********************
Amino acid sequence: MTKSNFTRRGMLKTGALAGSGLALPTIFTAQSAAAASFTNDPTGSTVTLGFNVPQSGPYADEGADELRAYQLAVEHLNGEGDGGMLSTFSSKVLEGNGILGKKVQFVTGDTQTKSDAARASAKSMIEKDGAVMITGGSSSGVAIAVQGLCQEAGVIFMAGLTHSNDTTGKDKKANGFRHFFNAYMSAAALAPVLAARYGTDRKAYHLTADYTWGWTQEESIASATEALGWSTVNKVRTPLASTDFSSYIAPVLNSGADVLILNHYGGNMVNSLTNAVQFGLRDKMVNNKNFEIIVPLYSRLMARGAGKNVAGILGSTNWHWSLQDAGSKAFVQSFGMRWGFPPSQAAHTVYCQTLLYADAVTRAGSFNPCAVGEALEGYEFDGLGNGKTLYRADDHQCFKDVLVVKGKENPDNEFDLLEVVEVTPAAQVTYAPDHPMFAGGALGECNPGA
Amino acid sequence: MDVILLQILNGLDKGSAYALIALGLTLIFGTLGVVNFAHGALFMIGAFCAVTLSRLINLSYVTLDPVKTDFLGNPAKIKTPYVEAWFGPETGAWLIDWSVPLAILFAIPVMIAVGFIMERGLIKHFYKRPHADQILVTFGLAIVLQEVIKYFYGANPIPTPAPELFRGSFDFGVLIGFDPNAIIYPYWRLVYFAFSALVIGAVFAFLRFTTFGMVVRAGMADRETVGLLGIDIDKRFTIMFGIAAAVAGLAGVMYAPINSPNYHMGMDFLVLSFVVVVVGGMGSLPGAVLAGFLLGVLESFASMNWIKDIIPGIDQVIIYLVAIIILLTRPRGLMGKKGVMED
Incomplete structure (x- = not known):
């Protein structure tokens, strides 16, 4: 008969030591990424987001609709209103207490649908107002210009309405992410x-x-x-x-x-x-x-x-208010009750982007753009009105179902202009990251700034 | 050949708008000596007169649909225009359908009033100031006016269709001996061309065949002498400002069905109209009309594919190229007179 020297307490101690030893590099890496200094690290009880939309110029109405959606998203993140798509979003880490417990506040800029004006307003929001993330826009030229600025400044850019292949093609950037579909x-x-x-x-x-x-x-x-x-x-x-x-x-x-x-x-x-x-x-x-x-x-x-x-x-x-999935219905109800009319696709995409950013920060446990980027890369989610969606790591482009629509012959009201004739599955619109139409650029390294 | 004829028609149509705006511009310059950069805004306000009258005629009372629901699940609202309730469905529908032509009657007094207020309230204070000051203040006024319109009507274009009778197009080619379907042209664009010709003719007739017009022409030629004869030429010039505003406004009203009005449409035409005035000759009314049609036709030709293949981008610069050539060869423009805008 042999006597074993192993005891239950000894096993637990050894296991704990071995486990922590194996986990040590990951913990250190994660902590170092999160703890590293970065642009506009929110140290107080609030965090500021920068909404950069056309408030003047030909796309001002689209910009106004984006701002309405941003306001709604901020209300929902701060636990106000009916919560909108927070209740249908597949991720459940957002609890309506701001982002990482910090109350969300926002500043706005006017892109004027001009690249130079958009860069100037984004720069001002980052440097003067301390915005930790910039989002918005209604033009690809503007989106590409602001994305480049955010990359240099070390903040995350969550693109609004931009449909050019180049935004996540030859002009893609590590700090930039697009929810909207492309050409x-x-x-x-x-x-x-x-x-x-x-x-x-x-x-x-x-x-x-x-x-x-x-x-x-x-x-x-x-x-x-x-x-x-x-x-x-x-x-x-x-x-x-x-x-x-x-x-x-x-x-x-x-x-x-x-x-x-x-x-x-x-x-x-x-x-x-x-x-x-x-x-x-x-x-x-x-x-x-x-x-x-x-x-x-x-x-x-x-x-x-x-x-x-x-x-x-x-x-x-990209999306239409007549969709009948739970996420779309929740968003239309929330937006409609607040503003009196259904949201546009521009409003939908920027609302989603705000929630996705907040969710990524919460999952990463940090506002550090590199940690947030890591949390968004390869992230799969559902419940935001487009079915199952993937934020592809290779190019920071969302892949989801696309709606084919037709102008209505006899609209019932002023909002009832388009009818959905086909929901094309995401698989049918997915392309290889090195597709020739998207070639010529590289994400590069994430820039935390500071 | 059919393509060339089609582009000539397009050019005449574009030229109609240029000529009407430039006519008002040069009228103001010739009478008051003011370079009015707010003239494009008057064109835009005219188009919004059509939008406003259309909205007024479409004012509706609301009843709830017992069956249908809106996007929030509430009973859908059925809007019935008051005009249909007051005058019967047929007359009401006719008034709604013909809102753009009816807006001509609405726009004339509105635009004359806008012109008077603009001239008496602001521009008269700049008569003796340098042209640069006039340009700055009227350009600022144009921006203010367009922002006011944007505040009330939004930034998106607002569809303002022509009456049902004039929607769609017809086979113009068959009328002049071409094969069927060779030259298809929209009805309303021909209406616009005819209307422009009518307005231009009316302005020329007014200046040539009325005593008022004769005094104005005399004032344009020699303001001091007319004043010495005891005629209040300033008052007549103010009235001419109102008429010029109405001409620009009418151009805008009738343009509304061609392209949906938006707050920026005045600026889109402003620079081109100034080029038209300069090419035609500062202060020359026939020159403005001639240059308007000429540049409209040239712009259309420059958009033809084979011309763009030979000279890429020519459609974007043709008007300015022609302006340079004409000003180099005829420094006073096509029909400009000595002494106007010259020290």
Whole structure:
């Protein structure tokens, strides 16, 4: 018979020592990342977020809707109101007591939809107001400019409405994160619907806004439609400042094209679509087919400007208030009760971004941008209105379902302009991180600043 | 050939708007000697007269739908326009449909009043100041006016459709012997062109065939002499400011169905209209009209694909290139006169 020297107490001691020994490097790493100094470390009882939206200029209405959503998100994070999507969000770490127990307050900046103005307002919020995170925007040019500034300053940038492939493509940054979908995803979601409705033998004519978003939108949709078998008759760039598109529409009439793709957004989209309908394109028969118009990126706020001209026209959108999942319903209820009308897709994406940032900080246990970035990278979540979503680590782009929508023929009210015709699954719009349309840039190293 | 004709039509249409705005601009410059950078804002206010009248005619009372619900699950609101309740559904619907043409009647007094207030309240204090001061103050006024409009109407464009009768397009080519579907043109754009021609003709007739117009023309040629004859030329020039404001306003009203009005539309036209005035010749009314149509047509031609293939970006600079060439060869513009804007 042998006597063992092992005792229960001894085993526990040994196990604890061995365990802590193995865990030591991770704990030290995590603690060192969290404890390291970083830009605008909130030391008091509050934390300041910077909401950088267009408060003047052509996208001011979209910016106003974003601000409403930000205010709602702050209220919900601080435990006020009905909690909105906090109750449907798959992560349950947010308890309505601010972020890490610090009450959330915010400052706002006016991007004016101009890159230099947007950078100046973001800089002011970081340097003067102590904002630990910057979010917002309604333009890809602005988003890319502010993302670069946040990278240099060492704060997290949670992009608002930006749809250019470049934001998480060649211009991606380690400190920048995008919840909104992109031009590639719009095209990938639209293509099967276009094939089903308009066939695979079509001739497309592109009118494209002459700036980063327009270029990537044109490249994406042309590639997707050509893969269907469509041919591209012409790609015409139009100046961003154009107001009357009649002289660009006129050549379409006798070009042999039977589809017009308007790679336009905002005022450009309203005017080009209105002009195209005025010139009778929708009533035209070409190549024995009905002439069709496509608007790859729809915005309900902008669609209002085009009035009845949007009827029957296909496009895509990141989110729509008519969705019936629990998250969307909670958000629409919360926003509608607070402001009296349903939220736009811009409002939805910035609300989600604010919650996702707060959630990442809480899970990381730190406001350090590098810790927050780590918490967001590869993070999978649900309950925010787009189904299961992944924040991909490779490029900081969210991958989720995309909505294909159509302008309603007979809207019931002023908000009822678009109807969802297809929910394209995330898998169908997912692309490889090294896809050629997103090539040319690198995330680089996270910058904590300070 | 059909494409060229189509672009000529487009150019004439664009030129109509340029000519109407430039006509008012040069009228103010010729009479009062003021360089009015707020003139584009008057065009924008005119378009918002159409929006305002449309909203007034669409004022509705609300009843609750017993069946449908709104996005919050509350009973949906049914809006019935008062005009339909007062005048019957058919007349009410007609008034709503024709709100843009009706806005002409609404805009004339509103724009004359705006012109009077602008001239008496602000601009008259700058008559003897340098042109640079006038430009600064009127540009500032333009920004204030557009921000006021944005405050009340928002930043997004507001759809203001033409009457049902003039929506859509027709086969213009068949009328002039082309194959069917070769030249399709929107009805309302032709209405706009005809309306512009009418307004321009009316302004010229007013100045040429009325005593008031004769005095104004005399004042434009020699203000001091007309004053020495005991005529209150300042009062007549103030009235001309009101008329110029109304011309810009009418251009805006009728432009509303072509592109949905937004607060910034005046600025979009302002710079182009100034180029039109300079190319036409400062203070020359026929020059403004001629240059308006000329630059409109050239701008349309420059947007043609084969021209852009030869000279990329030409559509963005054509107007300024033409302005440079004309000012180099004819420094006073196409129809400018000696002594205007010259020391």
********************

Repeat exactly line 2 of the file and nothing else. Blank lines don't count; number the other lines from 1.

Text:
Amino acid sequence: MDVILLQILNGLDKGSAYALIALGLTLIFGTLGVVNFAHGALFMIGAFCAVTLSRLINLSYVTLDPVKTDFLGNPAKIKTPYVEAWFGPETGAWLIDWSVPLAILFAIPVMIAVGFIMERGLIKHFYKRPHADQILVTFGLAIVLQEVIKYFYGANPIPTPAPELFRGSFDFGVLIGFDPNAIIYPYWRLVYFAFSALVIGAVFAFLRFTTFGMVVRAGMADRETVGLLGIDIDKRFTIMFGIAAAVAGLAGVMYAPINSPNYHMGMDFLVLSFVVVVVGGMGSLPGAVLAGFLLGVLESFASMNWIKDIIPGIDQVIIYLVAIIILLTRPRGLMGKKGVMED